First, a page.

Meanwhile, I have to think that folks who lost money in the casino had to feel at least a little bit better upon learning that Carnival was donating $30,000 of the casino’s earnings to the ongoing hurricane relief fund. This was a high-roller cruise, so there was a lot of money flowing into the casino over the past few days. The casino was so packed that there were times I couldn’t find an open slot machine or table. (Which, come to think of it, may be why I’m actually up a little!)

Tomorrow we return to Port Canaveral. I’ve opted to do self-asset carry off because I only brought a single roller bag with me. It looks like you still have to fill out the blue customs form on this ship. It’s always a mixed bag, I’ve sailed out of Port Canaveral and could just walk off with my passport before. When asking about it, it’s varies ship to ship. It’s always fun to see how organized (or, occasionally, disorganized!) the disembarkation process is.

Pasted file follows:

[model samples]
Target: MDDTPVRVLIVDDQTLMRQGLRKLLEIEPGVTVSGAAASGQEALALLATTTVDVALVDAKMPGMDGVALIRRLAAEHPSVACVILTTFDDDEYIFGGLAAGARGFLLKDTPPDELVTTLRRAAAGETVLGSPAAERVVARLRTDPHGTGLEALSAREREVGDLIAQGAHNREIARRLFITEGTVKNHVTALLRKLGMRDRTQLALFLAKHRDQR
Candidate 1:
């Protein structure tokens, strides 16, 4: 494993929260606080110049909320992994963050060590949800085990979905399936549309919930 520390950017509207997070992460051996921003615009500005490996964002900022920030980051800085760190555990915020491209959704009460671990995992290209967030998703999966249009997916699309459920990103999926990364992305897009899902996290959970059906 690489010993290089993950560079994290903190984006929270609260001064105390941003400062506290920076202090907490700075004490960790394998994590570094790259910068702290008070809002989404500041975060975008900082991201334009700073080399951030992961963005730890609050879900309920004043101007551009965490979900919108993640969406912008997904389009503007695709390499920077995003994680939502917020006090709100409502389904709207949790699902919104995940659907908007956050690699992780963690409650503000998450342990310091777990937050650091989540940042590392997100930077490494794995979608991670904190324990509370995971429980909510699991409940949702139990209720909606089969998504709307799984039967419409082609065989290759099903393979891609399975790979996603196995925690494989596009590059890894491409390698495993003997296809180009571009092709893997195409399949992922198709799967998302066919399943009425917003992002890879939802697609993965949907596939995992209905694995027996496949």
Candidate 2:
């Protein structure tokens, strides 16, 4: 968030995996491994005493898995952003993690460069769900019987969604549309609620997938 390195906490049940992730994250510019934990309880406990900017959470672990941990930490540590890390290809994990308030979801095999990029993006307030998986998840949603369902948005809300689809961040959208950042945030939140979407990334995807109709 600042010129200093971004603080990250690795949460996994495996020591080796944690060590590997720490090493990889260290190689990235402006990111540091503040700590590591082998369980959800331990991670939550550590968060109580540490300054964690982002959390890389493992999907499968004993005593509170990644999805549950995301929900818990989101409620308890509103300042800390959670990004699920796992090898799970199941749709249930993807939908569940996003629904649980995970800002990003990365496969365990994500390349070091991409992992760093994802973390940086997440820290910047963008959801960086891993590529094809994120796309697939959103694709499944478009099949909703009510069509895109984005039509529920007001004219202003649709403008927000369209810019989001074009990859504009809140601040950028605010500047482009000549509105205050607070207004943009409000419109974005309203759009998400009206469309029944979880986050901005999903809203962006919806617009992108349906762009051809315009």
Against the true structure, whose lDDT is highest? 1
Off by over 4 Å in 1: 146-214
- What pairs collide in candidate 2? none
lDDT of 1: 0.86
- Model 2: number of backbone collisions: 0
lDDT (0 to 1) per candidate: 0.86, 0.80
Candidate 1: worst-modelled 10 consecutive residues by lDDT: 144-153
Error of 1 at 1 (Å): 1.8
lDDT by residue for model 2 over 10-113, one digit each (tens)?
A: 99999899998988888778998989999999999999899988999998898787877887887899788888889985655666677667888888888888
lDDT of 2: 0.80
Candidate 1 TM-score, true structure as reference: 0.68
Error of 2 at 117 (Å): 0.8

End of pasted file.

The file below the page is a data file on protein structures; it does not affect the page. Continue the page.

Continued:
This is a bittersweet night for me, as the FEMA charter means that this was the last revenue-generating sailing of the year for the Carnival Fascination. But more than that, it’s also the last time she’ll sail before getting the Fun Ship 2.0 upgrades. Of course, the addition of places like Guy’s Burger Joint are always welcome, but there’s also something sort of cool about sailing on an old-school ship without all the bells-and-whistles that we associated with modern cruising.

As always, it’s been a blast sailing with you… and I’ll now reset the countdown clock and begin looking forward to my next trip!